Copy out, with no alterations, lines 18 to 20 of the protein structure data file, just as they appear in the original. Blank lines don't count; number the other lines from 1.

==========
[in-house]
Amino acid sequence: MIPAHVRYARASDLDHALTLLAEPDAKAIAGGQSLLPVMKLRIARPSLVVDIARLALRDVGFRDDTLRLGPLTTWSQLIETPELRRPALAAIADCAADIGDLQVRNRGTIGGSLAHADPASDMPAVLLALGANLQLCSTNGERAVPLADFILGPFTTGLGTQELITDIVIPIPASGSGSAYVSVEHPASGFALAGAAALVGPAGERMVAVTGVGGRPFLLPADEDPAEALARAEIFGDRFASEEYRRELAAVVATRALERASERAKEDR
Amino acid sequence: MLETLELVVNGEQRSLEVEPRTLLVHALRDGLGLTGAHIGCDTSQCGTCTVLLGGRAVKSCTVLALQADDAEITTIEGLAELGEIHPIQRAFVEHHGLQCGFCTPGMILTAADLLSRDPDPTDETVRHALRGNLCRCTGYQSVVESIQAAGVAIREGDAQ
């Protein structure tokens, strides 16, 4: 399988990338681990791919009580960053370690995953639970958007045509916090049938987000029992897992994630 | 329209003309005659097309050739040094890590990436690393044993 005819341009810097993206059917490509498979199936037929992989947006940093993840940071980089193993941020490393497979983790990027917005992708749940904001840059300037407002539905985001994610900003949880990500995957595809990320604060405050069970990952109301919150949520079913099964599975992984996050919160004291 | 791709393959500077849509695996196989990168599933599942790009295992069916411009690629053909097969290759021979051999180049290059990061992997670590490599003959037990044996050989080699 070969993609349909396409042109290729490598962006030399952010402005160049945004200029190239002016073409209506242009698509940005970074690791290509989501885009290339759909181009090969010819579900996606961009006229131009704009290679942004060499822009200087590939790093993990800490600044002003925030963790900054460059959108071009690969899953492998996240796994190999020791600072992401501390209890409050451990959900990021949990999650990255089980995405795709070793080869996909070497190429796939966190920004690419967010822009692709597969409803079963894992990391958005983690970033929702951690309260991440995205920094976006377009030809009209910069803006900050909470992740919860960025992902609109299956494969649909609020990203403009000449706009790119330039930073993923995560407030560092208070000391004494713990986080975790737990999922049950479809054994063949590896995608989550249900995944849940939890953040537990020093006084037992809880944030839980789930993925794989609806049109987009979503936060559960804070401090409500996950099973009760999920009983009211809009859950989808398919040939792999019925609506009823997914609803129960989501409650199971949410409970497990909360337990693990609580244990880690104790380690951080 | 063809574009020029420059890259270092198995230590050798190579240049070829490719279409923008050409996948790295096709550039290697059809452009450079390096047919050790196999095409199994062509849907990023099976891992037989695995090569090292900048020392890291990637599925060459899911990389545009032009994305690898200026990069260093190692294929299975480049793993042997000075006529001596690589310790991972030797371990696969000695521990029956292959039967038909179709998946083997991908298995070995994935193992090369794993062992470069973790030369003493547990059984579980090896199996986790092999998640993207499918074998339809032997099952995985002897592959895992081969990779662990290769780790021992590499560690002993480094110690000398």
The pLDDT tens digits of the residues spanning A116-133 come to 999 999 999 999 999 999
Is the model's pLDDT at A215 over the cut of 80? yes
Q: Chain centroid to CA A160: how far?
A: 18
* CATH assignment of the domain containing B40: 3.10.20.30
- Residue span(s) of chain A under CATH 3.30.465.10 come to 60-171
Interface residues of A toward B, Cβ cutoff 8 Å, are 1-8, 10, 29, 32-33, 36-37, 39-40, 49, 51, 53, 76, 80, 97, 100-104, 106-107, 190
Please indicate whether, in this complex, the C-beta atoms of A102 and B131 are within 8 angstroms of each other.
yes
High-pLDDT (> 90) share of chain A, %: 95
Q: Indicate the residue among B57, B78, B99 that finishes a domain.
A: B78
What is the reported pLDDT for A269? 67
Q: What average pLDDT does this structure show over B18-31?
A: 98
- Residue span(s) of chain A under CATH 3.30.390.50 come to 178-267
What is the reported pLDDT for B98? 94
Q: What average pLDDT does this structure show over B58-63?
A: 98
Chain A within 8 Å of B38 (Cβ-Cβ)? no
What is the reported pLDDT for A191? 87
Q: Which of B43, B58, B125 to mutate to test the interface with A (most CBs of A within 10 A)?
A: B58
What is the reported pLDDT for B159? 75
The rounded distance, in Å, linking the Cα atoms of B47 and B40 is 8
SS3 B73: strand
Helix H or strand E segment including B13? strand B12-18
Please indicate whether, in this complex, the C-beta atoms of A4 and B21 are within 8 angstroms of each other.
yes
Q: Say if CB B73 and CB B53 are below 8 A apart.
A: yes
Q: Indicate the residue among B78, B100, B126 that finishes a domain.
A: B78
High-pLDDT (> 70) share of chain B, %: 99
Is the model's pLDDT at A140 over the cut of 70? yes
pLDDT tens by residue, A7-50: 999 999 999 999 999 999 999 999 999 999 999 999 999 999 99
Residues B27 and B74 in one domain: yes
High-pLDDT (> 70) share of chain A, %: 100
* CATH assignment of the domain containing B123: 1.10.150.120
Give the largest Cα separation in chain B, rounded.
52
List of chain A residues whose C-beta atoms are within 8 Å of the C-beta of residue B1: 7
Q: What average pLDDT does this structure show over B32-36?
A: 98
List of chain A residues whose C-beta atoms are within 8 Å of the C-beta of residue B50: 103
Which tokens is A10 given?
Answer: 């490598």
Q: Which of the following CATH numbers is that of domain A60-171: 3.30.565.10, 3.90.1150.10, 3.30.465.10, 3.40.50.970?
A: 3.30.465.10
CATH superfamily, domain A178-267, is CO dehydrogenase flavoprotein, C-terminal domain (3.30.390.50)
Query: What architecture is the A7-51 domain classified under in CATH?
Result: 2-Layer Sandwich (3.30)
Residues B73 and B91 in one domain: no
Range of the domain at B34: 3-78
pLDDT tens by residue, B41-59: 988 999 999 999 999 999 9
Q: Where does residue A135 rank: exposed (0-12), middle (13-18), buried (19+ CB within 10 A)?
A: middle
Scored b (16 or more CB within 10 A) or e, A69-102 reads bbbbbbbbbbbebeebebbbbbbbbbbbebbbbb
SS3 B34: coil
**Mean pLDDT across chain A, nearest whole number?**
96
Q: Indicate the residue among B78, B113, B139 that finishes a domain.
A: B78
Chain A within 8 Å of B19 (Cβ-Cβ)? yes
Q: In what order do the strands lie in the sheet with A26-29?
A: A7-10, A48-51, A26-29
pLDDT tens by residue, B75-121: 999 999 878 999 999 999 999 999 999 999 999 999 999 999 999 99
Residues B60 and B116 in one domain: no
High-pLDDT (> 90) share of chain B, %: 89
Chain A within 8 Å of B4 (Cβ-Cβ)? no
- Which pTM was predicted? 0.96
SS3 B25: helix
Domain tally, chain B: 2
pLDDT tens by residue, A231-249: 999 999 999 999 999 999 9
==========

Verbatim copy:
Q: What average pLDDT does this structure show over B18-31?
A: 98
- Residue span(s) of chain A under CATH 3.30.390.50 come to 178-267